Newton MA Blue Book for 1910

The Newton MA Blue Book for 1910 is an important piece of social history (and history of Boston “Society”) that we are delighted to bring back into our catalog.  Originally published on CD-ROM, it has been unavailable since we discontinued our CD line, but now we have taken the original material from the CD and made it available as a download — at a substantial savings, by the way.

In case you wondered what communities are included in the Newton MA Blue Book for 1910, here’s the list:  Thompsonville, Newton Upper Falls, Newton Highlands, Newton Lower Falls, Chestnut Hill, Waban Hill, Newton, Newton Centre, Newtonville, Nonantum, West Newton, Waban, Reeds Corner, and Auburndale.  Today — and doubtless in 1910 — residents frequently would say where they lived according to the small community — e.g. Waban — rather than the more inclusive Newton.  In case you’re trying to correlate any of these to today’s locations, the Blue Book contains a large and detailed map of all of Newton as well.

Since the Blue Book is first and foremost a directory, it has the predictable names and addresses of the residents — with some additional touches, such as summer addresses for those who went to the ocean in the summer (a bit like the Social Register).

The ads are fascinating.  You’ll find the usual trades, but you will also see ads for riding stables and private schools, as well as seating maps of the major theatres of Boston — and you’ll not find that in many other municipal directories of the era!

If this sounds interesting, you can CLICK HERE to go directly to the Newton MA Blue Book for 1910 page on our website to learn more.  There we have a list of the surnames included, in case you would like to check further.  We would be remiss if we failed to mention our catalog as well.  Who knows what you might find there!

Newton MA Blue Book for 1910

 

Grange Directories from Genesee County NY

As we continue our process of migrating information from our discontinued CD-ROMs to availability as downloads, we are very happy to announce the availability of two Grange directories from Genesee County NY in the 1930s.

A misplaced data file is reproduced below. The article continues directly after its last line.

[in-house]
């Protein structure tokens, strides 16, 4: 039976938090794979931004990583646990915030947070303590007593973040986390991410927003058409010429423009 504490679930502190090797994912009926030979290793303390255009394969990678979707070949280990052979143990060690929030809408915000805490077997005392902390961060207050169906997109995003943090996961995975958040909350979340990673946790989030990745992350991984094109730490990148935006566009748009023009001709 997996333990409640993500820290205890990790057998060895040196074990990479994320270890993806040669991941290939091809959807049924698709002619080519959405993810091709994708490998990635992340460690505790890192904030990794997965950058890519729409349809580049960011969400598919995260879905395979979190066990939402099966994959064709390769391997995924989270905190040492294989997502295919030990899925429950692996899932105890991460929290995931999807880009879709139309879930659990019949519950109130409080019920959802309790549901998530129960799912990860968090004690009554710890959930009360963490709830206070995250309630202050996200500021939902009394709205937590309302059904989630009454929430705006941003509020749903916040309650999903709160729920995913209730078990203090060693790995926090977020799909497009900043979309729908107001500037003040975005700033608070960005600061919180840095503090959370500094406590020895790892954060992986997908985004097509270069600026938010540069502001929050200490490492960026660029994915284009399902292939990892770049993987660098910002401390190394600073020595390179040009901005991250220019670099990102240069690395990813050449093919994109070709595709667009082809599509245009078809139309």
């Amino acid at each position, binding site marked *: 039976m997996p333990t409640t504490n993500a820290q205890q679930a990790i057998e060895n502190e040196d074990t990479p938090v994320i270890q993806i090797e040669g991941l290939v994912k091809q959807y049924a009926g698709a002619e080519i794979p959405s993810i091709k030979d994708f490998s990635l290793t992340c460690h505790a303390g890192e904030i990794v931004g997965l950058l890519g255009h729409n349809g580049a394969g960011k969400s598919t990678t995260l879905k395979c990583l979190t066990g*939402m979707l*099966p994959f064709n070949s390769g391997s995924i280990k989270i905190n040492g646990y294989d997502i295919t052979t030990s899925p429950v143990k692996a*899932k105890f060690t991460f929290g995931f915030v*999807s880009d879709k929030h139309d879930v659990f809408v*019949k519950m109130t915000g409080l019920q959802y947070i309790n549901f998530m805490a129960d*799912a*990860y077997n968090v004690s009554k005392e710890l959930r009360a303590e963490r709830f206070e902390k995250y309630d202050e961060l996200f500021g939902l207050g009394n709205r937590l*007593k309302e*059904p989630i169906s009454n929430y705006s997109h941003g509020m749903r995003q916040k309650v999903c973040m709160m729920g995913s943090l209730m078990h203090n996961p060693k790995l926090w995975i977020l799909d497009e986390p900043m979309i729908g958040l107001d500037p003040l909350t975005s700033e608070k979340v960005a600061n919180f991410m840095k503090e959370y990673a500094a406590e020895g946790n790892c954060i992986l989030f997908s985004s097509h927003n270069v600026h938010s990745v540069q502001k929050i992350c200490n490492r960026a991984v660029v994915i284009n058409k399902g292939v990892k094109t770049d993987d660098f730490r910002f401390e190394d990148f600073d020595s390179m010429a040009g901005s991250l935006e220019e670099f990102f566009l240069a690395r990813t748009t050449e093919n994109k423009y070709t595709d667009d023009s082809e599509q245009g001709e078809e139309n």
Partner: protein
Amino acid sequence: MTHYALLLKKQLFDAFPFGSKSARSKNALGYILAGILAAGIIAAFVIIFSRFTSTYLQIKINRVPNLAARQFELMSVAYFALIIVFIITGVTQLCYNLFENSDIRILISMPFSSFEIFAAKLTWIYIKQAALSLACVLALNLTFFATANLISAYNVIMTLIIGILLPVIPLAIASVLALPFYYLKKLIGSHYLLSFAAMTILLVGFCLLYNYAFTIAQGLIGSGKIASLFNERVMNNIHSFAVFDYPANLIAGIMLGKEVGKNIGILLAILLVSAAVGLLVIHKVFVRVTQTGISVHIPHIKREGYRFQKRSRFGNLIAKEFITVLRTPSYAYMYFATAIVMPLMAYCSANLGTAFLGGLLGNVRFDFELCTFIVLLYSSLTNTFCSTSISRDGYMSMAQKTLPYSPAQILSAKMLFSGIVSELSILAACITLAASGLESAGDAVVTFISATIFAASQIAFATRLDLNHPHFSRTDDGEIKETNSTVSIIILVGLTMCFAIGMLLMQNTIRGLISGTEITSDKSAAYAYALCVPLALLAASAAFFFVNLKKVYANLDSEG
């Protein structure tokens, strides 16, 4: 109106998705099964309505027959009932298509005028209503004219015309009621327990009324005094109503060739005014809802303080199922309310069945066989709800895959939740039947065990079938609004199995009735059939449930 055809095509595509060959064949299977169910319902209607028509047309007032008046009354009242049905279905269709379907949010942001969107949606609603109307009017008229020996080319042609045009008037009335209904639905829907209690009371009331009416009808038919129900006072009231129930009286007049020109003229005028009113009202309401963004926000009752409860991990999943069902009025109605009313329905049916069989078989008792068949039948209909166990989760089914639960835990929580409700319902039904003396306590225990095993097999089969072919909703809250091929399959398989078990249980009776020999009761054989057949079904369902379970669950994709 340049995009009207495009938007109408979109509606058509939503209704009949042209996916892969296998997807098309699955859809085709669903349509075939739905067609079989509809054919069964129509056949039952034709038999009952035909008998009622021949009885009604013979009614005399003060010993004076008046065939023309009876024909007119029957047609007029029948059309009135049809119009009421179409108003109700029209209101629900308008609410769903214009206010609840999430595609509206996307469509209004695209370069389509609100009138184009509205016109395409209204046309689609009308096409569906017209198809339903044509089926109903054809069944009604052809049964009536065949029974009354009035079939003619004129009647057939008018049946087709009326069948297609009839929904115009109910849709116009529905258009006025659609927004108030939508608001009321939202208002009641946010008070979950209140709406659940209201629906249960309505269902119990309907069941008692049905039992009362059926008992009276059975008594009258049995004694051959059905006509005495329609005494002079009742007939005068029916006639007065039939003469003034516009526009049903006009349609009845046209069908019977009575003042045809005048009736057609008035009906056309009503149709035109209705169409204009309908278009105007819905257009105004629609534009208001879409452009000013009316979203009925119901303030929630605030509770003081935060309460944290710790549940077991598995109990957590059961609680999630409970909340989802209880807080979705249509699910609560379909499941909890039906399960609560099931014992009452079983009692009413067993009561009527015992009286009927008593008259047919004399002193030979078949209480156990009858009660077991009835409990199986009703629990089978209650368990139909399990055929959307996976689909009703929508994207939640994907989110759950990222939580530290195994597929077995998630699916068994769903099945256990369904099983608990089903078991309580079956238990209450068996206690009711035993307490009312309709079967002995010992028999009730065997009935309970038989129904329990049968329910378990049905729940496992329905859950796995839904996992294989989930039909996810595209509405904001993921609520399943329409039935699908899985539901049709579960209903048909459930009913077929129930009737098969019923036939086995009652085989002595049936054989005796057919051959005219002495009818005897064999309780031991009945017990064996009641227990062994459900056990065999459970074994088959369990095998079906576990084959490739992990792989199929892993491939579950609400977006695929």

While the Grange still exists in some rural areas of the United States, the “Patrons of Husbandry” has been in a long decline since the 19th century in the United States.  An organization that fulfilled several functions for rural farm families — it was a social organization, an organization for young people, a unified voice in speaking to legislatures, a charitable organization — in an age before telephones, radio, television, and the internet, it was vital.  We think that these directories represented a resurgence of the local Granges due to the Great Depression, so they are social documents.

Because they list members and officers, as well as businesses catering to the agricultural sector, the Grange directories from Genesee County NY will be useful to genealogists tracing families in Genesee County, of course.  Those interested in cultural history and social history will appreciate the clear view of agrarian life in upstate New York in the 1930s these represent.

Of a few Grange directories we’ve encountered, these are by some measure the most complete and likely represent a good picture of much of Genesee County at these points in time.  The two that we have are the ones for 1934 and 1938.  They previously appeared on our Genesee County Collection CD-ROM, which we have discontinued.

Do have a look.  You can purchase them here on our Genesee County page.

More items from our

Abbreviations for Organizations

“What does that stand for?”

Is this a question you’ve ever asked when you see a string of letters that pretty clearly refers to an organization of some kind?   When you can’t tell from the context what KIND of organization?  A lodge?  A religious group?  A self-insurance plan? A political party?   A company?  A governmental department? Even a railroad?

If you’ve asked that question, you’ve got company.  Acronyms, initialisms, and abbreviations for organizations have been around ever since the Roman legions walked around with “SPQR” on poles (that was an initialism for Senatus Populesque Romanus, by the way).  We’ve asked that question over and over for a long time, and we decided to do something about it.

This is what we did:

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This is what our new book looks like on Amazon.com

 

 

 

 

 

 

 

We wrote a book — 318 pages, mostly an alphabetical listing of abbreviations, acronyms, and initialisms for organizations of all kinds.  Now we’ve published it, and you can see it on Amazon.com.  (Of course, if you’re so inclined — and we hope that you are — you can also buy it there!).

So, CLICK HERE to see it on Amazon.  You might just decide that it really fills a need.